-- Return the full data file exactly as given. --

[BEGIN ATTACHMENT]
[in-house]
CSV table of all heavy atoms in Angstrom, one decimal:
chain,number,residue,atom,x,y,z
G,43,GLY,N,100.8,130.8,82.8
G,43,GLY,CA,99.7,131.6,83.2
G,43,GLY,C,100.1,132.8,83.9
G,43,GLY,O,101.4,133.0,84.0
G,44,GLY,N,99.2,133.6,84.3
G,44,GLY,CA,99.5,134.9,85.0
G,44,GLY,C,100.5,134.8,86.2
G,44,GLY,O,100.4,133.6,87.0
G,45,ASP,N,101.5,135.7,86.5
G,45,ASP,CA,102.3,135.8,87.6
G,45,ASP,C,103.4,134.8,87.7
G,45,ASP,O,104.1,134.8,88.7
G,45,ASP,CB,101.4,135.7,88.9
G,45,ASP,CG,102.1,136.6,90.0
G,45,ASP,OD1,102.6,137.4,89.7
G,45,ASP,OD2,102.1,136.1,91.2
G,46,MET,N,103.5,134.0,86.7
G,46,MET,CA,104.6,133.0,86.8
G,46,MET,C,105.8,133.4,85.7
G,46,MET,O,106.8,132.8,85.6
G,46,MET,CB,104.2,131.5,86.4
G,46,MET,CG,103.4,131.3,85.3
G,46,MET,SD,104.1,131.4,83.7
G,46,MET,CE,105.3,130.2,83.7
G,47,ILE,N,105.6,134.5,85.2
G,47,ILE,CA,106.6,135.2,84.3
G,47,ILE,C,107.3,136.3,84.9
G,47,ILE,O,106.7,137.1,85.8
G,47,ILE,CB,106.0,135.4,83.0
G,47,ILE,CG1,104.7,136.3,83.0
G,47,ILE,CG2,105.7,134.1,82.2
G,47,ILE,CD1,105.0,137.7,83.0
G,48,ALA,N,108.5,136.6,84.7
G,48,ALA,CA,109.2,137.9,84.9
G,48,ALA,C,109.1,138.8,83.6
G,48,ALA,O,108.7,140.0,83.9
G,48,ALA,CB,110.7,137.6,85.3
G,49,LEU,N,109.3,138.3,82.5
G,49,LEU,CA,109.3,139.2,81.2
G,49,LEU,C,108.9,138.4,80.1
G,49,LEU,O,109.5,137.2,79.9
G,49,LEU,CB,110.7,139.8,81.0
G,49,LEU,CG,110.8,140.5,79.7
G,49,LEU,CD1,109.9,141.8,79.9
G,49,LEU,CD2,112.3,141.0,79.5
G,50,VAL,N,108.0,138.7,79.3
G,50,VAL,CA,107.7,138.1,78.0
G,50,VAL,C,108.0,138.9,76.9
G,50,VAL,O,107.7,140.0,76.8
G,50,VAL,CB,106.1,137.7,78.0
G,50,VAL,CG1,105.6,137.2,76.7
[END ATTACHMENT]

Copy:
[in-house]
CSV table of all heavy atoms in Angstrom, one decimal:
chain,number,residue,atom,x,y,z
G,43,GLY,N,100.8,130.8,82.8
G,43,GLY,CA,99.7,131.6,83.2
G,43,GLY,C,100.1,132.8,83.9
G,43,GLY,O,101.4,133.0,84.0
G,44,GLY,N,99.2,133.6,84.3
G,44,GLY,CA,99.5,134.9,85.0
G,44,GLY,C,100.5,134.8,86.2
G,44,GLY,O,100.4,133.6,87.0
G,45,ASP,N,101.5,135.7,86.5
G,45,ASP,CA,102.3,135.8,87.6
G,45,ASP,C,103.4,134.8,87.7
G,45,ASP,O,104.1,134.8,88.7
G,45,ASP,CB,101.4,135.7,88.9
G,45,ASP,CG,102.1,136.6,90.0
G,45,ASP,OD1,102.6,137.4,89.7
G,45,ASP,OD2,102.1,136.1,91.2
G,46,MET,N,103.5,134.0,86.7
G,46,MET,CA,104.6,133.0,86.8
G,46,MET,C,105.8,133.4,85.7
G,46,MET,O,106.8,132.8,85.6
G,46,MET,CB,104.2,131.5,86.4
G,46,MET,CG,103.4,131.3,85.3
G,46,MET,SD,104.1,131.4,83.7
G,46,MET,CE,105.3,130.2,83.7
G,47,ILE,N,105.6,134.5,85.2
G,47,ILE,CA,106.6,135.2,84.3
G,47,ILE,C,107.3,136.3,84.9
G,47,ILE,O,106.7,137.1,85.8
G,47,ILE,CB,106.0,135.4,83.0
G,47,ILE,CG1,104.7,136.3,83.0
G,47,ILE,CG2,105.7,134.1,82.2
G,47,ILE,CD1,105.0,137.7,83.0
G,48,ALA,N,108.5,136.6,84.7
G,48,ALA,CA,109.2,137.9,84.9
G,48,ALA,C,109.1,138.8,83.6
G,48,ALA,O,108.7,140.0,83.9
G,48,ALA,CB,110.7,137.6,85.3
G,49,LEU,N,109.3,138.3,82.5
G,49,LEU,CA,109.3,139.2,81.2
G,49,LEU,C,108.9,138.4,80.1
G,49,LEU,O,109.5,137.2,79.9
G,49,LEU,CB,110.7,139.8,81.0
G,49,LEU,CG,110.8,140.5,79.7
G,49,LEU,CD1,109.9,141.8,79.9
G,49,LEU,CD2,112.3,141.0,79.5
G,50,VAL,N,108.0,138.7,79.3
G,50,VAL,CA,107.7,138.1,78.0
G,50,VAL,C,108.0,138.9,76.9
G,50,VAL,O,107.7,140.0,76.8
G,50,VAL,CB,106.1,137.7,78.0
G,50,VAL,CG1,105.6,137.2,76.7